By Malena Carollo and Tess Owen
The Q and B trains rattled overhead Thursday, while Brighton Beach Avenue bustled as usual. Women, some in magenta fur bomber jackets and long mink coats ,lined up for piroshkis and hot tea from street vendors.
But just a short distance away from the main thoroughfare, all was not business as usual. In an Uzbek restaurant called Oasis, community leaders held a press conference to address the Wedenesday arrests of Akhror Saidakhmetov, 19, Abdurasul Hasanovich Juraboev, 24, and Abror Habibov, 30, for allegedly plotting to travel to Syria and wage jihad.
“As a Turkish American community, we have no relations to those who committed any terrorism,” said Ibrahim Ben, leader of the nearby American Turkish Eyup Sultan Cultural Center. “We share this neighborhood together. We live together. We have to come together to protect each other.”
Community leaders at the event included Farhod Sulton, president of the Vatandosh Uzbek-American Federation, Stefan Ringel, communications director at the Brooklyn Borough president’s office and Borough President Eric Adams.
One of the men arrested, Habibov, also an Uzbek citizen, was arrested in Jacksonville, Florida. He reportedly encouraged and provided financial assistance to the other two men’s efforts to join the ranks of ISIS.
Uzbeki federation president Sulton said he knew Habibov through previous interactions at the Brooklyn-based federation, but that the two lost touch in the past few years.
“He wasn’t a crazy guy,” Sulton said. “He was a normal guy who wanted to build a business and make a good life.”
Sulton also said that he thinks the three men didn’t have a “basic formal education in Islam,” and that they derived their extremism from radical ideas circulated on the Internet.
The FBI arrested Saidakhmetov, a permanent resident of the United States and citizen of Kazakhstan, at JFK Airport Wednesday as he attempted to board a flight to Istanbul. According to a court document released Thursday, Juraboev, also a permanent resident of the United States and an Uzbek citizen, allegedly planned to follow Saidakhmetov a month later.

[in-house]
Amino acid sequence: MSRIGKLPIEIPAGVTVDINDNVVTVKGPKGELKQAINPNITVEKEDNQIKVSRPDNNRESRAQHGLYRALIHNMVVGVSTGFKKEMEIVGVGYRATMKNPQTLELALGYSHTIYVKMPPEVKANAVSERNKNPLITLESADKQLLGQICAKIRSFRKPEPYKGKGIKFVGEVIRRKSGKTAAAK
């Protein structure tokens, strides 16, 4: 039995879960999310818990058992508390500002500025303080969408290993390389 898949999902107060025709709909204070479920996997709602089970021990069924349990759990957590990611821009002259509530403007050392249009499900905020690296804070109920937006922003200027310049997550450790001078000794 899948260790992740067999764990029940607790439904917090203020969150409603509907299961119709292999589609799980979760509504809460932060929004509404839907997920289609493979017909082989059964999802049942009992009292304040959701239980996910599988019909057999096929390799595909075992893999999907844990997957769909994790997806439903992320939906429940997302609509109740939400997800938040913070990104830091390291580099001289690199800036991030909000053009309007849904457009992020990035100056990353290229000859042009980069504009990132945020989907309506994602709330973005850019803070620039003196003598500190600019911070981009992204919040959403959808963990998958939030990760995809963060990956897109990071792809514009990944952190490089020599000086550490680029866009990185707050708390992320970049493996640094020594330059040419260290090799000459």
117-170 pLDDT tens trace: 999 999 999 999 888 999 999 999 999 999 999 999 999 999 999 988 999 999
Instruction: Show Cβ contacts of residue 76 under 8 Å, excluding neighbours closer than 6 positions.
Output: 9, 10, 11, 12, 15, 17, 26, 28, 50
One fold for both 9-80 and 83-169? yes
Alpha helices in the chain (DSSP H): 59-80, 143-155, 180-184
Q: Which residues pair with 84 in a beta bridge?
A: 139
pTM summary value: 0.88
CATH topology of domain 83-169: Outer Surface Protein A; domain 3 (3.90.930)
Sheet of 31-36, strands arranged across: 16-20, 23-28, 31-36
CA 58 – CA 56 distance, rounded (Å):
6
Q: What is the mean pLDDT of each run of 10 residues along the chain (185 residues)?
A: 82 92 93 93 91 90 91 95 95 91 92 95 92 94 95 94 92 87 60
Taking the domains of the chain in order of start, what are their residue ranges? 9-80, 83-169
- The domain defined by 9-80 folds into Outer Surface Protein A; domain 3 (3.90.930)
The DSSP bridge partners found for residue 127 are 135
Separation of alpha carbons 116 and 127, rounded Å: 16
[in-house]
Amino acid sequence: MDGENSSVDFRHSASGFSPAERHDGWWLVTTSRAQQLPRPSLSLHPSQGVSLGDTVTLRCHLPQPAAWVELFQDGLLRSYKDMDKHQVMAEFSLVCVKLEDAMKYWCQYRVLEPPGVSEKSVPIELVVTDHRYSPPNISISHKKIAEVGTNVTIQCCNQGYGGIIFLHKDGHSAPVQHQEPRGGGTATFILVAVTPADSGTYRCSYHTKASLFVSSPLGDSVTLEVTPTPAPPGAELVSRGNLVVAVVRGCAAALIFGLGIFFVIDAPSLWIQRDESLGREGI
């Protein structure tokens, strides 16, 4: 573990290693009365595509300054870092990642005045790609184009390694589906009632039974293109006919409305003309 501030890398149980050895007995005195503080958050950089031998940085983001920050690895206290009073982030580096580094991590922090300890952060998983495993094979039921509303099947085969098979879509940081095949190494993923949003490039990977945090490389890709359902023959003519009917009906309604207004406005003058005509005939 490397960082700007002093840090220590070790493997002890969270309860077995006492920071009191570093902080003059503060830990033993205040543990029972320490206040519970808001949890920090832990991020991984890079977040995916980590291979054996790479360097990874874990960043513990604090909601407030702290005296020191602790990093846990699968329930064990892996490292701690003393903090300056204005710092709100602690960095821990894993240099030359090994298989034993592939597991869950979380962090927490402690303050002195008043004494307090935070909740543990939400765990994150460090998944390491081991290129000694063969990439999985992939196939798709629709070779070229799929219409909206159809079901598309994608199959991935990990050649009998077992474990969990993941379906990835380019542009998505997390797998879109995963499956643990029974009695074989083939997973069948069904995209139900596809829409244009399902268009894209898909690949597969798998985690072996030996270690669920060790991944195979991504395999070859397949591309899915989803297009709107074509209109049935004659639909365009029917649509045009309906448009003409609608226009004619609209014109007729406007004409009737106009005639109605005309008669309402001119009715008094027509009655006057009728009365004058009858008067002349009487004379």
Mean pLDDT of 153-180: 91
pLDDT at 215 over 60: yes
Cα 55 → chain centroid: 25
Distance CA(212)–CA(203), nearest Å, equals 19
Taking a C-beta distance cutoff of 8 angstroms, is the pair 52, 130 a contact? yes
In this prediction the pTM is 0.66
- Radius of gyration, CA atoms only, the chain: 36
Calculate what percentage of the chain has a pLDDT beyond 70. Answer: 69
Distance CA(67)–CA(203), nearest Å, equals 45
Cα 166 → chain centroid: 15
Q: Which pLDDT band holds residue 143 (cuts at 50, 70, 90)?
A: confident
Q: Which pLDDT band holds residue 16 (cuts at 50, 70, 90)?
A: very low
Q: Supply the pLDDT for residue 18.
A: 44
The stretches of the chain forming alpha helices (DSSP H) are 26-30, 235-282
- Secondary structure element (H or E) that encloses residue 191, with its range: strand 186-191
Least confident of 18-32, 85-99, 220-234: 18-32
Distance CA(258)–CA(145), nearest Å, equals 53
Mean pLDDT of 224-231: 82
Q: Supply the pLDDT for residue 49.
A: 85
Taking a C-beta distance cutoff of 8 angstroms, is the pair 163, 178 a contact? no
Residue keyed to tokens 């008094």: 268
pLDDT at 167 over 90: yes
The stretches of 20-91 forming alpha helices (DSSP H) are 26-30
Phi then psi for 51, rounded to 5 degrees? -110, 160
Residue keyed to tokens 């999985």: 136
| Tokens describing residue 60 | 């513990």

The two purchased their plane tickets to Istanbul from Nil Travel Agency on Coney Island Avenue, just a block up the street from the Uzbeki restaurant, Oasis, where the news conference was held. Employees at the small travel agency refused to comment and directed reporters to a press release to answer questions about the purchase.
“Overall as a company, we feel devastated because our companies [sic] name is in this type of incident in this type of matter,” the travel agency said in the release. The men, the release said, did not seem suspicious or unusual when they purchased the tickets.
Down the street, Maya Aliyeva, an Azerbaijani native who has lived in the United States for 14 years, was browsing English language guides at a local bookstore on Brighton Beach Ave.
“I love America,” she said. “These men don’t want to be American, they want to take what this country has given them and use it in a bad way. This news makes me very sad.”
Like other members of the community, male patrons at Al Mustafa Center Islamic Center on Coney Island Ave and Oceanview Parkway were alarmed at questions that their center could be perceived negatively in relation to the men’s arrest. Despite a language barrier, the men repeated, “Everything is fine, there are no bad people here, thank god, everything is fine.”